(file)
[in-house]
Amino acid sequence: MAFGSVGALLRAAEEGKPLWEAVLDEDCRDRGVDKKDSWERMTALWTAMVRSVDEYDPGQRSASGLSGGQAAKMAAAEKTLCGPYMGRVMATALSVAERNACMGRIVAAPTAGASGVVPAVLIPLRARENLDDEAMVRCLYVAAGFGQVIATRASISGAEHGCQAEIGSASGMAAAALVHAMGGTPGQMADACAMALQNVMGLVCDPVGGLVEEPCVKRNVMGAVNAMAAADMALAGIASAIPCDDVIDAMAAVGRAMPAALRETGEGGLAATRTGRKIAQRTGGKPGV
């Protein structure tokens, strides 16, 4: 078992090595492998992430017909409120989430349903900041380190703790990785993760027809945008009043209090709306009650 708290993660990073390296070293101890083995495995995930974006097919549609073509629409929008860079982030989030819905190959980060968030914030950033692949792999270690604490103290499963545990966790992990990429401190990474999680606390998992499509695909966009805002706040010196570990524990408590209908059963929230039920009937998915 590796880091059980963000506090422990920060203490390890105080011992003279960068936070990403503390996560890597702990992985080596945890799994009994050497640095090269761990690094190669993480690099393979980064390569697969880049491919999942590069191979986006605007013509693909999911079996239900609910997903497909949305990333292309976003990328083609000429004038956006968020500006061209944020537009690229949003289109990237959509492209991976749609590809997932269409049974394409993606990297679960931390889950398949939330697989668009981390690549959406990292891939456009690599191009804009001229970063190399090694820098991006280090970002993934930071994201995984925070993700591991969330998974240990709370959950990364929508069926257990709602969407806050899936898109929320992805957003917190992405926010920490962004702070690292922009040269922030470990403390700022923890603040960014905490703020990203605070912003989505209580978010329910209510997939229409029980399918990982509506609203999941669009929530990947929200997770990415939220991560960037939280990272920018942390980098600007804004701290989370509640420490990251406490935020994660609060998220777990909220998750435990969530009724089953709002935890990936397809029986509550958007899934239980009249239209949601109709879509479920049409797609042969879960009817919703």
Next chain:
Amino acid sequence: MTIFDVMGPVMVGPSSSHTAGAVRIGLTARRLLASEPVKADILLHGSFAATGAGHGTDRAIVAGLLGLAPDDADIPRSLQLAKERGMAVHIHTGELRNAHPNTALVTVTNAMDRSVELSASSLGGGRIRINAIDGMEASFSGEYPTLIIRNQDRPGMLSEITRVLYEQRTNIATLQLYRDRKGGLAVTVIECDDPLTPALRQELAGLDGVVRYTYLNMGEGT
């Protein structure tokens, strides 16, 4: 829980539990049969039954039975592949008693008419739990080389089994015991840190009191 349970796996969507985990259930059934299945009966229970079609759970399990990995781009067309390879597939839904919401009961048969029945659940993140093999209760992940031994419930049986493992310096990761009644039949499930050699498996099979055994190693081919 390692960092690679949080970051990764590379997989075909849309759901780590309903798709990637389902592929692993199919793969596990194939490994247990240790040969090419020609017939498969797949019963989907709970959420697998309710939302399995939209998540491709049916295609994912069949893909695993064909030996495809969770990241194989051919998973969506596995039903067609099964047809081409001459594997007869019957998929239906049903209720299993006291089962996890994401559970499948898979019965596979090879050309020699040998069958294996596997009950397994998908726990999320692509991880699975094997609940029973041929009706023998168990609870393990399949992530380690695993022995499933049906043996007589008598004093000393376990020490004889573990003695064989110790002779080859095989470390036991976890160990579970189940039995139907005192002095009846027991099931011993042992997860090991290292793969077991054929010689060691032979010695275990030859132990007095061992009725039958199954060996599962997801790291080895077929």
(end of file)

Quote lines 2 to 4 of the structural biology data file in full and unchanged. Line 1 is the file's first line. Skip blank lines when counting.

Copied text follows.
Amino acid sequence: MAFGSVGALLRAAEEGKPLWEAVLDEDCRDRGVDKKDSWERMTALWTAMVRSVDEYDPGQRSASGLSGGQAAKMAAAEKTLCGPYMGRVMATALSVAERNACMGRIVAAPTAGASGVVPAVLIPLRARENLDDEAMVRCLYVAAGFGQVIATRASISGAEHGCQAEIGSASGMAAAALVHAMGGTPGQMADACAMALQNVMGLVCDPVGGLVEEPCVKRNVMGAVNAMAAADMALAGIASAIPCDDVIDAMAAVGRAMPAALRETGEGGLAATRTGRKIAQRTGGKPGV
């Protein structure tokens, strides 16, 4: 078992090595492998992430017909409120989430349903900041380190703790990785993760027809945008009043209090709306009650 708290993660990073390296070293101890083995495995995930974006097919549609073509629409929008860079982030989030819905190959980060968030914030950033692949792999270690604490103290499963545990966790992990990429401190990474999680606390998992499509695909966009805002706040010196570990524990408590209908059963929230039920009937998915 590796880091059980963000506090422990920060203490390890105080011992003279960068936070990403503390996560890597702990992985080596945890799994009994050497640095090269761990690094190669993480690099393979980064390569697969880049491919999942590069191979986006605007013509693909999911079996239900609910997903497909949305990333292309976003990328083609000429004038956006968020500006061209944020537009690229949003289109990237959509492209991976749609590809997932269409049974394409993606990297679960931390889950398949939330697989668009981390690549959406990292891939456009690599191009804009001229970063190399090694820098991006280090970002993934930071994201995984925070993700591991969330998974240990709370959950990364929508069926257990709602969407806050899936898109929320992805957003917190992405926010920490962004702070690292922009040269922030470990403390700022923890603040960014905490703020990203605070912003989505209580978010329910209510997939229409029980399918990982509506609203999941669009929530990947929200997770990415939220991560960037939280990272920018942390980098600007804004701290989370509640420490990251406490935020994660609060998220777990909220998750435990969530009724089953709002935890990936397809029986509550958007899934239980009249239209949601109709879509479920049409797609042969879960009817919703």
Next chain: